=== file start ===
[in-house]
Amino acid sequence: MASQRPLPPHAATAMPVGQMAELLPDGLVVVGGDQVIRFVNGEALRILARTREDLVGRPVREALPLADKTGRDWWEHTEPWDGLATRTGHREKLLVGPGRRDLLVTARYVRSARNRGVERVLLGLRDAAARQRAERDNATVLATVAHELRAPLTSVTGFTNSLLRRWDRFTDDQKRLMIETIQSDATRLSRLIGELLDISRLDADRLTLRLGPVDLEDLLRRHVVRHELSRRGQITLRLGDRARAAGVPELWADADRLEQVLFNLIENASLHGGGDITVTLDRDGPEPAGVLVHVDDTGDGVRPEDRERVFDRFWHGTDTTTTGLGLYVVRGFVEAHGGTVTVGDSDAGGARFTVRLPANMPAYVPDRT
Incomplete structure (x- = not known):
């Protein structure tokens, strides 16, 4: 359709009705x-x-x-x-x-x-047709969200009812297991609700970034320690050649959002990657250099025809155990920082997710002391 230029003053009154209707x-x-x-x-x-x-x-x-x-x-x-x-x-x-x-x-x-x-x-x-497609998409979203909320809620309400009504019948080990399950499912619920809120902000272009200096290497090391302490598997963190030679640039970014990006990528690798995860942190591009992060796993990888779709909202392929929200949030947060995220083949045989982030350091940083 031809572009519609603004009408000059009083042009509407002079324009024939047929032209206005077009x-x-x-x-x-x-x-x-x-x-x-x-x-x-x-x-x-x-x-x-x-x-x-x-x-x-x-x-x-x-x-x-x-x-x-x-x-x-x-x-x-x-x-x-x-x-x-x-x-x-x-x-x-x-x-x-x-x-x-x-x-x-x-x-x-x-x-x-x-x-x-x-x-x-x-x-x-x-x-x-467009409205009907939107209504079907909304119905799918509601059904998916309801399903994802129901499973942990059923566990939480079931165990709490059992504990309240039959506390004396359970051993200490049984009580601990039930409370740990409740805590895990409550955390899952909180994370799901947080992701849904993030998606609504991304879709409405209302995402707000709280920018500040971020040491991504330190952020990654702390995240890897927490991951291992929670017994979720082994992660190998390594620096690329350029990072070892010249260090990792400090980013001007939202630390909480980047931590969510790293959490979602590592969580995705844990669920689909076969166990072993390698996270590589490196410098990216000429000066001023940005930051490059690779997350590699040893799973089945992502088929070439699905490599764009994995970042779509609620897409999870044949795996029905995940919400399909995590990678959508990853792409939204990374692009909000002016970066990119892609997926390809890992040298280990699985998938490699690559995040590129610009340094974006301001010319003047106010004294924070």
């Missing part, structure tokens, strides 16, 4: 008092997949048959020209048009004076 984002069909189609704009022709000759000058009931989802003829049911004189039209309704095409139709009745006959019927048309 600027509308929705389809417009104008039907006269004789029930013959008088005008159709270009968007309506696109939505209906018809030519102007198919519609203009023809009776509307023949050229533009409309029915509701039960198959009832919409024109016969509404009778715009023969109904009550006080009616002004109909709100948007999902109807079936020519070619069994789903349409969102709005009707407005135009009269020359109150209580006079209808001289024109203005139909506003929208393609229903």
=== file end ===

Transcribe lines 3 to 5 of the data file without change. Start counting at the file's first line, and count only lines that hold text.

Incomplete structure (x- = not known):
């Protein structure tokens, strides 16, 4: 359709009705x-x-x-x-x-x-047709969200009812297991609700970034320690050649959002990657250099025809155990920082997710002391 230029003053009154209707x-x-x-x-x-x-x-x-x-x-x-x-x-x-x-x-x-x-x-x-497609998409979203909320809620309400009504019948080990399950499912619920809120902000272009200096290497090391302490598997963190030679640039970014990006990528690798995860942190591009992060796993990888779709909202392929929200949030947060995220083949045989982030350091940083 031809572009519609603004009408000059009083042009509407002079324009024939047929032209206005077009x-x-x-x-x-x-x-x-x-x-x-x-x-x-x-x-x-x-x-x-x-x-x-x-x-x-x-x-x-x-x-x-x-x-x-x-x-x-x-x-x-x-x-x-x-x-x-x-x-x-x-x-x-x-x-x-x-x-x-x-x-x-x-x-x-x-x-x-x-x-x-x-x-x-x-x-x-x-x-x-467009409205009907939107209504079907909304119905799918509601059904998916309801399903994802129901499973942990059923566990939480079931165990709490059992504990309240039959506390004396359970051993200490049984009580601990039930409370740990409740805590895990409550955390899952909180994370799901947080992701849904993030998606609504991304879709409405209302995402707000709280920018500040971020040491991504330190952020990654702390995240890897927490991951291992929670017994979720082994992660190998390594620096690329350029990072070892010249260090990792400090980013001007939202630390909480980047931590969510790293959490979602590592969580995705844990669920689909076969166990072993390698996270590589490196410098990216000429000066001023940005930051490059690779997350590699040893799973089945992502088929070439699905490599764009994995970042779509609620897409999870044949795996029905995940919400399909995590990678959508990853792409939204990374692009909000002016970066990119892609997926390809890992040298280990699985998938490699690559995040590129610009340094974006301001010319003047106010004294924070």
């Missing part, structure tokens, strides 16, 4: 008092997949048959020209048009004076 984002069909189609704009022709000759000058009931989802003829049911004189039209309704095409139709009745006959019927048309 600027509308929705389809417009104008039907006269004789029930013959008088005008159709270009968007309506696109939505209906018809030519102007198919519609203009023809009776509307023949050229533009409309029915509701039960198959009832919409024109016969509404009778715009023969109904009550006080009616002004109909709100948007999902109807079936020519070619069994789903349409969102709005009707407005135009009269020359109150209580006079209808001289024109203005139909506003929208393609229903």